Looking back at the Los Angeles Kings improbable Stanley Cup win, there is one identifying feature of their play that set them apart. We’ve all been through how well certain individuals played. Jonathan Quick rightfully earned the Conn-Smyth. Dustin Brown continued a tour de force that started at the trade deadline and didn’t stop until the cup went skywards. Anze Kopitar went from playing in the shadows to needing SPF90 just to play a game. Then there was Drew Doughty he held out during camp, got concussed early on, and by the time it was all said and done his play was the closest thing to Ray Bourque’s that the league has.
But none of those players for all their stellar play is why they won the Stanley Cup. Goaltending is an underrated part of NHL game. A mockery was made of defense at the NHL awards. As for goal scoring, the Kings potted less than a half a goal more per game than the Florida Panthers. Team work got the job done.
The highest level of that team mentality wasn’t one of the fights (which were great) or the powerplay which was mostly not worth mentioning. The one defining feature, the zenith of their teamwork was their puck anticipation, and puck tracking. If their was a shot from the point that went to the net mouth and rattled off of two or three bodies, the number of times a Kings player wasn’t the first to the puck can be totalled on one hand for all four rounds. The level of synergy between players was impressive. Of all the teams to display something similar the last Cup winning Detroit team is the best example.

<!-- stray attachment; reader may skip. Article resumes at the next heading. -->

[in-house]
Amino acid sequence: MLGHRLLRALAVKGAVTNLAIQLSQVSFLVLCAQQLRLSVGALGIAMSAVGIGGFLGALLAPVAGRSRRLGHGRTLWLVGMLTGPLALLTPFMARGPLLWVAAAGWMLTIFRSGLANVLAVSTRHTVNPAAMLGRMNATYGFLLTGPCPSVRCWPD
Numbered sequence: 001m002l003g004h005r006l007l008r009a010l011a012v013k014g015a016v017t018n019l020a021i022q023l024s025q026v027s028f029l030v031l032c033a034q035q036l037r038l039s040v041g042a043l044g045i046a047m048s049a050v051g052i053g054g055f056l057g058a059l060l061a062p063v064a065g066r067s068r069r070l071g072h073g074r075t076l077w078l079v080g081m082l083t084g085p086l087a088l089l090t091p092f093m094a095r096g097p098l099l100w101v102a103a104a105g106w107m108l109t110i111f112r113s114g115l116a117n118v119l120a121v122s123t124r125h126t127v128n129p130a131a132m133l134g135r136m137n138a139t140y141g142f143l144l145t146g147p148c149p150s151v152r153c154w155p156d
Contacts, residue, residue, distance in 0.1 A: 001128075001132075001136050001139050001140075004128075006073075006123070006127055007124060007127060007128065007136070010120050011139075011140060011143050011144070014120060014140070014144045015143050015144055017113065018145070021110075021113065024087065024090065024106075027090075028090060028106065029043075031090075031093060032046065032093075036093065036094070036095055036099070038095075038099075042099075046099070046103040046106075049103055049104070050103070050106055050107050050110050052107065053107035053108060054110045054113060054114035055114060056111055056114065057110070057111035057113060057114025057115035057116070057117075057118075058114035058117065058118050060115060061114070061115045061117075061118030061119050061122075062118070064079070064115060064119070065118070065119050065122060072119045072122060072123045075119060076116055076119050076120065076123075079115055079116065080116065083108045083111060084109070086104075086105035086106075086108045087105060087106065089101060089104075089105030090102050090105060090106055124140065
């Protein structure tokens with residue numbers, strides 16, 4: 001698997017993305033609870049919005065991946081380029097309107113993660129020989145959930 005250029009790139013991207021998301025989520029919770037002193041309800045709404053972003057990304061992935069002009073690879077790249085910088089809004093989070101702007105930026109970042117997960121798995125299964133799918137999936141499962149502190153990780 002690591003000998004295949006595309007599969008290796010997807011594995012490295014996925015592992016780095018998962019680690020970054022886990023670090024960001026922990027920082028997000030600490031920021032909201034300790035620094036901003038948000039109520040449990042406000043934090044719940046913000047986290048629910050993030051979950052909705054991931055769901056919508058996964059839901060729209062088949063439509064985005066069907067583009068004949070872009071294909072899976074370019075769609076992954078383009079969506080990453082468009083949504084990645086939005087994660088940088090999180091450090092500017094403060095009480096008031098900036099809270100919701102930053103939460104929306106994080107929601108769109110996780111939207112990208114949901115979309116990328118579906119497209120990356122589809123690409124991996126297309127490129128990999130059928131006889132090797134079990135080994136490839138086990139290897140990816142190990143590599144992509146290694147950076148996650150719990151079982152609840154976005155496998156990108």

But knowing where the puck would be was only part of it. They got to it and acted calmly. The puck went where it needed to go. The transition from puck chase to continued play was instant. While the puck was being pursued, the other players were headed in the right direction. No one needed to be told where to go or guess where to be, they just did it. That’s the type of teamwork all teams should aspire to.